Katrina vanden Heuvel, The Nation magazine editor and publisher, tweeted: “RIP Robert Parry – your independent journalism is needed more than ever.” Independent journalist Michael Tracey tweeted: “The death of Robert Parry leaves such a void for those who see the main function of journalism as challenging horde logic.”
The Intercept’s Jon Schwarz wrote that one of Dad’s strongest points as a journalist was that he was non-ideological. “He just had basic, Boy Scout-like principles,” Schwarz wrote, “such as ‘reality is important’ and ‘the government shouldn’t lie all the time about everything.’”
In his tribute, Schwarz broke down what he felt were the most important lessons that could be learned from Dad’s style of journalism. One is to “read everything,” including the full body of government reports because vital information was often buried that contradicts the executive summaries. Important nuggets of truth could also be found in politicians’ dreary memoirs, Schwarz pointed out, because “in retirement, powerful people occasionally blurt out stunning new information.”
Schwarz correctly observed that Dad dutifully read government reports cover to cover, as well as obscure political memoirs, which is a point that I can attest to. I remember once asking my dad if he was planning to read George W. Bush’s self-serving Decision Points when it came out and feeling a certain degree of pity when he replied, “Well, I guess I have to.”
Other important takeaways that Schwarz identified from Dad’s journalistic work were to “always include the history,” noting that “history is continually being rewritten on the fly by the people in charge, to a truly unnerving degree,” and not to be afraid of being repetitive. Schwarz observed that my dad “returned to the same subjects over and over, approaching them repeatedly from different angles.” This approach is somewhat unusual in journalism, as reporters typically look for fresh news to report and avoid redundancy as much as possible, but in practice repetition is often needed to ensure that readers absorb the message.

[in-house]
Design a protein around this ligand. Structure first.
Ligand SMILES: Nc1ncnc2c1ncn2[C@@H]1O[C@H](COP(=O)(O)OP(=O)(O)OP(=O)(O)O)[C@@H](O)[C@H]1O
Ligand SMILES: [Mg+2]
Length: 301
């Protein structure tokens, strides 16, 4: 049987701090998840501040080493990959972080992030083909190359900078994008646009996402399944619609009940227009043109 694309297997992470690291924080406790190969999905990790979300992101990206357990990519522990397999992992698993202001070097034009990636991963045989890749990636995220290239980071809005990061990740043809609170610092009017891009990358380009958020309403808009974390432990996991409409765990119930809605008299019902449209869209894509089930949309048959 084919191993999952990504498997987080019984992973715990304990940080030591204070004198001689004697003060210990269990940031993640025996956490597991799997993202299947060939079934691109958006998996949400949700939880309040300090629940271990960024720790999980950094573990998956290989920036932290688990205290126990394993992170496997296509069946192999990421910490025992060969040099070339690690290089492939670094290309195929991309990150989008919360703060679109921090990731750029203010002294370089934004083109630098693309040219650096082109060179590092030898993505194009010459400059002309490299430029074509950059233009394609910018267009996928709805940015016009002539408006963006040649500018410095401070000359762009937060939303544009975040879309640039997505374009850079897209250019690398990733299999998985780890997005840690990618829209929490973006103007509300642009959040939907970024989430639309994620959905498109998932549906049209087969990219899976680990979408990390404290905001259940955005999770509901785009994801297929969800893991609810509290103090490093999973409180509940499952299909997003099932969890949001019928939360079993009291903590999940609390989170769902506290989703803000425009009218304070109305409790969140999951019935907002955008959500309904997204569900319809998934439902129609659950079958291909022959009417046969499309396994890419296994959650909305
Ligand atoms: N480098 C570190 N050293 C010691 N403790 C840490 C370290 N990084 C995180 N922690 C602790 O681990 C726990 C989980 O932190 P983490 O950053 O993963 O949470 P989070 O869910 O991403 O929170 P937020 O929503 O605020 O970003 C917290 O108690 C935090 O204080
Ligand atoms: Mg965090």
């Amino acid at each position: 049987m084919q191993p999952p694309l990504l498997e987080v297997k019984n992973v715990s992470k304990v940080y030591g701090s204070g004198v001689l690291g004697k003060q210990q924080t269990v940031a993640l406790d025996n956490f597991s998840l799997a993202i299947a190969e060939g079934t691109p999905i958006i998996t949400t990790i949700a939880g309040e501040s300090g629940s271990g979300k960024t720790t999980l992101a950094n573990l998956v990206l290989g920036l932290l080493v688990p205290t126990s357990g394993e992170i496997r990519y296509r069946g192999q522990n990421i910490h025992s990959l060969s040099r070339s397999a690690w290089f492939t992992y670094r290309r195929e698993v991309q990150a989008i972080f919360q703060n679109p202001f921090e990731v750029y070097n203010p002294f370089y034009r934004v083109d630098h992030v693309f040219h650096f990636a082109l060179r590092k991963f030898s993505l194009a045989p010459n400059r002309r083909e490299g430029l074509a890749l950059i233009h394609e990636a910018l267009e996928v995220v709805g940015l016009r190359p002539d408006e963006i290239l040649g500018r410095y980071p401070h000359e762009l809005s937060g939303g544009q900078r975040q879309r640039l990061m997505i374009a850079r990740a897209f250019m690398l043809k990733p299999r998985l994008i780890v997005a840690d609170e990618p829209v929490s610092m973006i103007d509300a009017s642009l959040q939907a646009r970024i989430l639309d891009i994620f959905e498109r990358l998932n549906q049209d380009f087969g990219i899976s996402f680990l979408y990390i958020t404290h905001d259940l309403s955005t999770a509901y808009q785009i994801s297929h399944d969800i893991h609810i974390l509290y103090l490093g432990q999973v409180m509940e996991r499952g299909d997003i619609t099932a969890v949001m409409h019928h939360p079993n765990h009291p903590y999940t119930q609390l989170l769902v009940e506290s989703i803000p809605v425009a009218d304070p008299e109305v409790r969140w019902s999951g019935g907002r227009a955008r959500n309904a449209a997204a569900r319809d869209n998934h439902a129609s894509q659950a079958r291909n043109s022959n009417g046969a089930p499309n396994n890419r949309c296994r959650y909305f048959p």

“Conventional journalism,” Schwarz argued, “which continually presents its audience with fragmentary new information, simply doesn’t work.”
While the lessons that Schwarz took away from following my dad’s work over the years are certainly useful, perhaps the most important lesson to be learned from his journalism is that no one should shy away from being moved by the injustices in the world or to lose sight of the human lives ravaged by the decisions made by those in power.
In a speech my dad gave in 1993, when I was a junior in high school, he talked about how if I or my brothers were ever sent off to war, it should be done “for a real reason – not because somebody made something up.” But while his immediate concern was perhaps with his own kids, it is just as important, he said, to remember the kids impacted by war anywhere.
Speaking in particular about the children massacred in the village of El Mozote in 1981 – the girls as young as 10 who were raped and the toddlers whose throats were slit by U.S.-trained Salvadoran soldiers – he said that “the idea that our government would be complicit not just in the killing, but in this very cynical effort to lie about it, and hide it, and pretend it didn’t happen, and attack those who found out that it did happen, is something that, we, as a democracy, can’t allow to happen.”
It was this refusal to be complicit in lies or to participate in the cover-up of government crimes, along with his willingness to go against the grain, that allowed him to become the beloved journalist that he was. His skills as a writer and investigator were surely impressive, as was his vast knowledge of history, his uncanny ability to develop sources and willingness to read every government document he could get his hands on, but what enabled him to become a giant of journalism was his courage to care so deeply.
In the spirit of Robert Parry, let us demonstrate that we also care.
Nat Parry is a co-author of Neck Deep: The Disastrous Presidency of George W. Bush and is the author of the forthcoming How Christmas Became Christmas: The Pagan and Christian Origins of the Beloved Holiday, being published by McFarland Books. He is currently editing a collection of Robert Parry’s writings from the 1970s through January 2018, from which the above afterword is adapted.